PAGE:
New political party to fight President Ramaphosa is being formed in Ace Magashule's office


An organisation that will contest the ANC is being set up in Ace Magashule's office, according to the party's Eastern Cape secretary.

Supporters of President Cyril Ramaphosa have started hitting back against the party's so-called "radical economic transformation" (RET) faction, which has been supporting ANC secretary-general Ace Magashule.

Some ANC leaders have spoken out against Magashule and his RET faction, ahead of a scheduled national executive committee (NEC) meeting this weekend. The NEC will again attempt to enforce a resolution that leaders charged with corruption should step aside.

Magashule, who was charged with corruption last year and is out on R200 000 bail, has refused to heed the resolution.

ANC Eastern Cape secretary, Lulama Ngcukayitobi, told a briefing on Tuesday "the ANC should be alive to the risk of keeping certain individuals working in the offices of the SG (secretary-general) and pronouncing themselves outside the ANC pronouncements".

The RET grouping is, in the main, led by Carl Niehaus, who works in Magashule's office.

Ngcukayitobi said "that RET thing that is found on the sixth floor of [the ANC's headquarters called] Luthuli House" was "nothing of a tendency or a faction", but it is "an organisation that will contest the ANC".

He said it was similar to splinters, like Cope and the EFF, which was formed "in the belly of the African National Congress".

The group has held press conferences and has set up structures to oppose Ramaphosa, while continuing to use the ANC's colours.

Ngcukayitobi said: "Those who benefitted from the capture and corruption will do whatever it takes to fight back."

Another ANC NEC member opposed to Magashule, Joel Netshitenzhe, in a Daily Maverick opinion piece on Tuesday, warned that Magashule's RET faction would continue its fight.

Expressing his support for the new civil society initiative, Defend Our Democracy, which was launched by struggle stalwarts last week, Netshitenzhe wrote that South Africans should not allow the constitutional order to be subverted.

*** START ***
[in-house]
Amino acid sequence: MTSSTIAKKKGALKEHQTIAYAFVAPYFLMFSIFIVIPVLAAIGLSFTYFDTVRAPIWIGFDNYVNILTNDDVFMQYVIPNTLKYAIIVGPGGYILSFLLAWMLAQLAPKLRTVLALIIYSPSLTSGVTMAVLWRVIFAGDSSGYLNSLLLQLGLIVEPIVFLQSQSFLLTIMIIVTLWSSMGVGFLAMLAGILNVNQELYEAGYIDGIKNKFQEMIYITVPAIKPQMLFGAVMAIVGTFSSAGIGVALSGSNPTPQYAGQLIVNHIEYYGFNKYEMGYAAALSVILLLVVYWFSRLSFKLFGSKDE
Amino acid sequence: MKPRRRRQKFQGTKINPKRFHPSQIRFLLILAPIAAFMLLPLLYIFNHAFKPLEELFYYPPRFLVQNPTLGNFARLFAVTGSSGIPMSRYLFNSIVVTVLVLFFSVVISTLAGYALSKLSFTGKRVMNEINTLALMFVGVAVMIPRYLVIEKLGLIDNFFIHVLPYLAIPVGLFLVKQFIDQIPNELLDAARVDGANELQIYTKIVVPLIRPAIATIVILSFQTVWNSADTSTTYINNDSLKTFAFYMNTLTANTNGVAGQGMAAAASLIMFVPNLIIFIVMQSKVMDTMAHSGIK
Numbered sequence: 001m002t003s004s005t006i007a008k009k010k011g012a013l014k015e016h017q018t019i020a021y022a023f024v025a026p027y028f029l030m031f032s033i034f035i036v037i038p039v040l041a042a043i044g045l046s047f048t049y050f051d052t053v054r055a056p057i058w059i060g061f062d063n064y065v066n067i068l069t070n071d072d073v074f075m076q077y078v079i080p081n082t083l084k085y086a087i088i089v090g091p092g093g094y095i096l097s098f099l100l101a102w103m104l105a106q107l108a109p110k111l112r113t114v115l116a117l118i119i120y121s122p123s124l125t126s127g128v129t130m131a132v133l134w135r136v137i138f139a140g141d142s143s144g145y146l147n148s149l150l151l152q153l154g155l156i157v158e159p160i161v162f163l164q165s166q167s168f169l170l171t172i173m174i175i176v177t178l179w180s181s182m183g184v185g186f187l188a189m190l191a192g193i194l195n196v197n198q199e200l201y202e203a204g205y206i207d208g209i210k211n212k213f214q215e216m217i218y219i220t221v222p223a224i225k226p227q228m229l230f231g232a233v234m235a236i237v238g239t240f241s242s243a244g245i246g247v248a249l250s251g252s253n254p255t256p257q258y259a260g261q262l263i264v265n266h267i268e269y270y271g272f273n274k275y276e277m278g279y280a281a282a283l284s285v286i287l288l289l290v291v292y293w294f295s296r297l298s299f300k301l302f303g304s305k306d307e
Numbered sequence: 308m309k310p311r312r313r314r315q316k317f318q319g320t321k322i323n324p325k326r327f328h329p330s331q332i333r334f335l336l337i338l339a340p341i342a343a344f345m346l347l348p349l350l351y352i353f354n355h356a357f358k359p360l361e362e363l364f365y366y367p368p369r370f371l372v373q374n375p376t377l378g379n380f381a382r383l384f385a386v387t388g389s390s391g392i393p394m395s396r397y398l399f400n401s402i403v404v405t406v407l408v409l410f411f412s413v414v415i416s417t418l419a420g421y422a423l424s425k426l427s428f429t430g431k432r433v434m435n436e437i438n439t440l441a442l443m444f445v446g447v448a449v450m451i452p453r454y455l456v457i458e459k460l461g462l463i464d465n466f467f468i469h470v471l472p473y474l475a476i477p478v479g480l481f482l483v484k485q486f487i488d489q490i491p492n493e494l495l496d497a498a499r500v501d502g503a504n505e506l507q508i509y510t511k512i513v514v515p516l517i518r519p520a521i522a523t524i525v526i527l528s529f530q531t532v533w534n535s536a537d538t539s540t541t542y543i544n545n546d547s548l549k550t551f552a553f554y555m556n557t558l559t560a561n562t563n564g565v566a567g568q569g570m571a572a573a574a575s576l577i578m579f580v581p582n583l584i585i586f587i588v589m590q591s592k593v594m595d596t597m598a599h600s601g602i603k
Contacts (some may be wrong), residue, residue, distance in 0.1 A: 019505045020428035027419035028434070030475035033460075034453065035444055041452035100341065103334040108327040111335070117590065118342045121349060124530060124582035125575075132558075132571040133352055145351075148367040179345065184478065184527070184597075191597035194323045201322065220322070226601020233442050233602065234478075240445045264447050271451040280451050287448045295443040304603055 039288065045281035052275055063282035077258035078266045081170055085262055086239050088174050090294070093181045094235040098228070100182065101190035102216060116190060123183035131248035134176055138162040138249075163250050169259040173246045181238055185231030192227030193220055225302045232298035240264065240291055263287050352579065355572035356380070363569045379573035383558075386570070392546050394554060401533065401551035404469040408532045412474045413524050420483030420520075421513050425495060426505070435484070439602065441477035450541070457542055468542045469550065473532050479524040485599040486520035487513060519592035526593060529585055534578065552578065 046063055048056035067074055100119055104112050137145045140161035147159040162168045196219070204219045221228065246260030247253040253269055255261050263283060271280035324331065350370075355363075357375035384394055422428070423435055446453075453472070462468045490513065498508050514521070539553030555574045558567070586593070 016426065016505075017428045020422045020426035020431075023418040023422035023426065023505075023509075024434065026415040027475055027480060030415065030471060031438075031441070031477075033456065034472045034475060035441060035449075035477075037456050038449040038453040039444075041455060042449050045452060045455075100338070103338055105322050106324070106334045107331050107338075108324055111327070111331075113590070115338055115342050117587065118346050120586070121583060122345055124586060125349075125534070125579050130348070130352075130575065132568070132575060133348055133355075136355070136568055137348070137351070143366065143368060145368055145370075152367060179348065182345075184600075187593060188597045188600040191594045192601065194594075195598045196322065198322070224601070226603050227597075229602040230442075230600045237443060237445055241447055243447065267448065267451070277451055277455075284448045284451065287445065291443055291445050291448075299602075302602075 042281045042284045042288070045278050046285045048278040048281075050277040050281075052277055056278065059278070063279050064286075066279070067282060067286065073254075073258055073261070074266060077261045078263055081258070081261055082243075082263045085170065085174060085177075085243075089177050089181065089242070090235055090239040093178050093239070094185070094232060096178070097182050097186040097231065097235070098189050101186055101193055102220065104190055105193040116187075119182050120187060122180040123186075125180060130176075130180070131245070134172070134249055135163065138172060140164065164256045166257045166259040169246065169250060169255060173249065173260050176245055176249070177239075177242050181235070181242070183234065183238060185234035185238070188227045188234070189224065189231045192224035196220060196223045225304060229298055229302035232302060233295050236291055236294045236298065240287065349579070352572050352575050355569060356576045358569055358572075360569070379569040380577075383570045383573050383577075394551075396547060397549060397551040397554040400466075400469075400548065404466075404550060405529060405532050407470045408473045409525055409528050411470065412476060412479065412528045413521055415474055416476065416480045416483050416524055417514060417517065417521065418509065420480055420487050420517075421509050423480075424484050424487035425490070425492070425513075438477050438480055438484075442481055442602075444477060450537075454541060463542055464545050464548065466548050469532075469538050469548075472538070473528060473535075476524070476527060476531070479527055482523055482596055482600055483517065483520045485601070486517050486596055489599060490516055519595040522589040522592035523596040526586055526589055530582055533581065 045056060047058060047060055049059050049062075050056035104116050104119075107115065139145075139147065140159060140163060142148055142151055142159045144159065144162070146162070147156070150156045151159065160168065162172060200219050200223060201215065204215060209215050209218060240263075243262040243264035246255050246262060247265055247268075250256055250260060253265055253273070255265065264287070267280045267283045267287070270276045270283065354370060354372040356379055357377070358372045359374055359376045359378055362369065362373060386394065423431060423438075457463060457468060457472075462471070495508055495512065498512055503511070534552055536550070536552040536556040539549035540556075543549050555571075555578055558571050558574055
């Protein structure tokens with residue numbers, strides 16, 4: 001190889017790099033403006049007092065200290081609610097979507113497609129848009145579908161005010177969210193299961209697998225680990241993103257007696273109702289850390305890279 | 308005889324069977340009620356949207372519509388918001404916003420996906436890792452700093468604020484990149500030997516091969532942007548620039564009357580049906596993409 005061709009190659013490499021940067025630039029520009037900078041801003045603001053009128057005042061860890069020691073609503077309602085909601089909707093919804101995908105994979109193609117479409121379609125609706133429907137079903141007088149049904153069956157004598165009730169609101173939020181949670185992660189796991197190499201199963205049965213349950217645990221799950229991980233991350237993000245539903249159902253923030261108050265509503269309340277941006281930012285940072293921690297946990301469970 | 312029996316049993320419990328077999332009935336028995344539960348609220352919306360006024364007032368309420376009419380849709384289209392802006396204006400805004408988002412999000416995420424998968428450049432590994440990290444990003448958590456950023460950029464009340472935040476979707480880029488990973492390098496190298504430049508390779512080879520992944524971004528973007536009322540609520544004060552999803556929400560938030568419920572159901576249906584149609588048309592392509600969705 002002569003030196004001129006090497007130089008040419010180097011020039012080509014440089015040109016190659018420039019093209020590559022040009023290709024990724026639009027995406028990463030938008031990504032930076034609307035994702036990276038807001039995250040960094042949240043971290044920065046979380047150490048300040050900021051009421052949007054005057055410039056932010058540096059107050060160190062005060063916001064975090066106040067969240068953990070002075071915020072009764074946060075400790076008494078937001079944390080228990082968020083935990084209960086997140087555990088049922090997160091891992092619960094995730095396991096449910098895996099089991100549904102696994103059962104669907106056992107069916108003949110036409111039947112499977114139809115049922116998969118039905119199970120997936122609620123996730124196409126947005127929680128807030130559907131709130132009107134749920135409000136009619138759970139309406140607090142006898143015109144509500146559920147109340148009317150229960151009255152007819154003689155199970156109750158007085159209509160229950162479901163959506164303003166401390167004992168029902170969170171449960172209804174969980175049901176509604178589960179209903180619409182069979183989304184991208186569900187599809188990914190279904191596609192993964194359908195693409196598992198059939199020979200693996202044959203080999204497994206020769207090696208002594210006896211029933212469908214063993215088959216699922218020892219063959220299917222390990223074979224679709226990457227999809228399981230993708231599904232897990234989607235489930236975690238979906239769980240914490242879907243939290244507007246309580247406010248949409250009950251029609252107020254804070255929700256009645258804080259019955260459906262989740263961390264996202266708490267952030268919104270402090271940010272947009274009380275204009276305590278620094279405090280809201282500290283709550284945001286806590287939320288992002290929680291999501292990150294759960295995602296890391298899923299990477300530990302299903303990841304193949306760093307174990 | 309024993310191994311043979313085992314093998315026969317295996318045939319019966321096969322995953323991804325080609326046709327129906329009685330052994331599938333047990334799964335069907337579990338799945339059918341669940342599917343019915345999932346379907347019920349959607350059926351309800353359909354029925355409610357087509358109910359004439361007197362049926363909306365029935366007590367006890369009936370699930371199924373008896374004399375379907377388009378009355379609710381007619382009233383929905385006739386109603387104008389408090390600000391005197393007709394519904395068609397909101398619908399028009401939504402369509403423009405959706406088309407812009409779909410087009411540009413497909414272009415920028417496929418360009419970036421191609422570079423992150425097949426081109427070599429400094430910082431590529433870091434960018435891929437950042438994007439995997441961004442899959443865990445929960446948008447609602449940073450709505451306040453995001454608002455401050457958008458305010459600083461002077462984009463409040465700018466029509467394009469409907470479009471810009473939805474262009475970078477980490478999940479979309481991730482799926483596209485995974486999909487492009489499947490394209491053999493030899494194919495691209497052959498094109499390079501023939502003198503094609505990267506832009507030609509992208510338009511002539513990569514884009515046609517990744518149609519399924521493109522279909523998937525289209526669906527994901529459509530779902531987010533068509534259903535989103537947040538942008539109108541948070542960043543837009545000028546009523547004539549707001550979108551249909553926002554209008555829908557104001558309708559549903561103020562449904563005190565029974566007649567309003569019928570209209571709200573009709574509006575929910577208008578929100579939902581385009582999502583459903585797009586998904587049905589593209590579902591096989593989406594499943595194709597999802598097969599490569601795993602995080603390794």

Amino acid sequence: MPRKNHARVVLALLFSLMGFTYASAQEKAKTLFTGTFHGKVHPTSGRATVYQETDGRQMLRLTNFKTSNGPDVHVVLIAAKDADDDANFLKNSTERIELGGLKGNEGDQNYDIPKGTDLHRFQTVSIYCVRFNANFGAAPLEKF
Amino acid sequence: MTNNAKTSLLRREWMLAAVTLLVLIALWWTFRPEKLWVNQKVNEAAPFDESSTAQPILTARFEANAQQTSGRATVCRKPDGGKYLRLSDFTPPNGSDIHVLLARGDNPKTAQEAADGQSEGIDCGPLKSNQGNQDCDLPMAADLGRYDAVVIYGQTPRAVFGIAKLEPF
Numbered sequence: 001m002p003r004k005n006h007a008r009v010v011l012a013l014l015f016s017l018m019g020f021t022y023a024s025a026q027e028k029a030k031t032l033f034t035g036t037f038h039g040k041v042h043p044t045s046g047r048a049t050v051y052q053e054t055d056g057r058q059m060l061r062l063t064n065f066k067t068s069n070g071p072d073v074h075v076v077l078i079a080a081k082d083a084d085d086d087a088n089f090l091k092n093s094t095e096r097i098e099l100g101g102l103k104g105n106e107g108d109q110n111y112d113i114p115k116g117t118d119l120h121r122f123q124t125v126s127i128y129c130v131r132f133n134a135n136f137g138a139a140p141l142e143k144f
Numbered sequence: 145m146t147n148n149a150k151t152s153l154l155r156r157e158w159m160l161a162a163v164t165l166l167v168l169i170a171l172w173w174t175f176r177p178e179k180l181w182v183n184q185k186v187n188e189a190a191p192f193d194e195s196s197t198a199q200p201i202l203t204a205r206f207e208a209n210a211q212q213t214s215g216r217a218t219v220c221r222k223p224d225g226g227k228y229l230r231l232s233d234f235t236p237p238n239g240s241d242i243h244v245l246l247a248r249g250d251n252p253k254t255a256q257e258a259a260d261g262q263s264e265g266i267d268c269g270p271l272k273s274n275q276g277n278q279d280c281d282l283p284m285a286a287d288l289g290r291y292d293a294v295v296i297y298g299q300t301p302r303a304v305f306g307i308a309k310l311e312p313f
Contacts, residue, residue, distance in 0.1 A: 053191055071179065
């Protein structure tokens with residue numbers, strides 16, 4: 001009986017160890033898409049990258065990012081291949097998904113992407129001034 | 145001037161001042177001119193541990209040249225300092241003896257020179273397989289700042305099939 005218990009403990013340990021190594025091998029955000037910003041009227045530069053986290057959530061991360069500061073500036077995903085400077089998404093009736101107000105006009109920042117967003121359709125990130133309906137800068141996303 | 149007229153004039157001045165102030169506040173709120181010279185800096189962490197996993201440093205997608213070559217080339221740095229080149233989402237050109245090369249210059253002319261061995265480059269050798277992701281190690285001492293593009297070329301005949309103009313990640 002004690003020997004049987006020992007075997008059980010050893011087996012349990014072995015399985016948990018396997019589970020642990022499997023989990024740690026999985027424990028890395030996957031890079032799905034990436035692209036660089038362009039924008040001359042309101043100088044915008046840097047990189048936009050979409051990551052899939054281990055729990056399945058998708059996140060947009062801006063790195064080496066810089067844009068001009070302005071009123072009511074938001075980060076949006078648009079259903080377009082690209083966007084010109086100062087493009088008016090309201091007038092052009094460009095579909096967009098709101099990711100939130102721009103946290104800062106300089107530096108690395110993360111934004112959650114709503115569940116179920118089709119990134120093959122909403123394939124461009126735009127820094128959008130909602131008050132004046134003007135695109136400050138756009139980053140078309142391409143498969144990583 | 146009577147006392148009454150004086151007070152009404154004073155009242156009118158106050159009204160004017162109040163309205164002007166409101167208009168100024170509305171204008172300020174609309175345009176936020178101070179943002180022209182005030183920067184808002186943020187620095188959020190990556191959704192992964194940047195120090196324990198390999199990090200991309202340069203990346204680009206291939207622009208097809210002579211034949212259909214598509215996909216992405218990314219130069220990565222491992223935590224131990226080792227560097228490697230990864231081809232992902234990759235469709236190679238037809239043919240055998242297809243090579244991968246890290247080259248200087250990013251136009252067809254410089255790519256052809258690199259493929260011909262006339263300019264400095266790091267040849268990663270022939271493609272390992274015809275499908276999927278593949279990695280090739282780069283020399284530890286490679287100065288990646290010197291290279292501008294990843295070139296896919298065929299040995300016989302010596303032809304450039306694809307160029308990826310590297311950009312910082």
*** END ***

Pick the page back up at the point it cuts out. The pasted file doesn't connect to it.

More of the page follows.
He warned that corruption-accused Magashule was regularly distorting the decisions of the NEC; for example, when he refused to step down, arguing that the committee had taken no decision on the matter because it "still had to go to the branches".

Netshitenzhe wrote: "And so, a trend is emerging where the secretary-general of the ANC is starting to stick out like a sore thumb among his peers and across the movement. This seems to form part of a wider campaign to undermine the structures of the ANC."

He asked whether these developments reflected "the counter-revolutionary infestation" that the party's 2017 Nasrec conference warned about – but then added that he would "be generous and characterise it merely as the consolidation of a faction within the ANC".

Netshitenzhe wrote: 'The so-called radical economic transformation faction has announced that it is holding meetings; and one of its leaders, incidentally, working in the secretary-general's office, has released a "basic document" that calls for "a return of the ANC to its socialist ideological orientation", whatever this means, under current global and domestic conditions.'

Netshitenzhe likened the RET group to the Pan-Africanist Congress split from the ANC in 1958, or the Group of 8 in the 1970s, saying it would ultimately lead to rupture.

He warned that things could be more serious than his interpretation of such a rupture.

"Conspiracy theories abound, with reports of units trained in sabotage and assassination, and strange coincidences, such as the attempt to incite violence against foreigners in KwaZulu-Natal by elements of the very same private militia, and the fire in Parliament after the vote on the Public Protector," he wrote.

"Some of these theories may be without basis. But it cannot be ruled out that South Africa's own Savimbis and Dhlakamas, who destabilised Angola and Mozambique with the support of the erstwhile SA Defence Force and its Military Intelligence, are crawling out of the woodwork and showing their true colours."

He warned that South Africans and ANC members should not allow "the advances since 2017 to be squandered, and for the constitutional order to be subverted".

He received support from other NEC members, like Derek Hanekom, on Twitter, who said he hoped Magashule "reads it and reflects on it".

SA Communist Party first deputy secretary-general Solly Mapaila told Stephen Grootes on SAFM's AM Live that the blame was not just on Magashule, but on the ANC's entire NEC for failing to act against him.

Niehaus reacted with fury on Twitter to Netshitenzhe's piece, alleging that he (Netshitenzhe) had ulterior motives for criticising Magashule.

– News24

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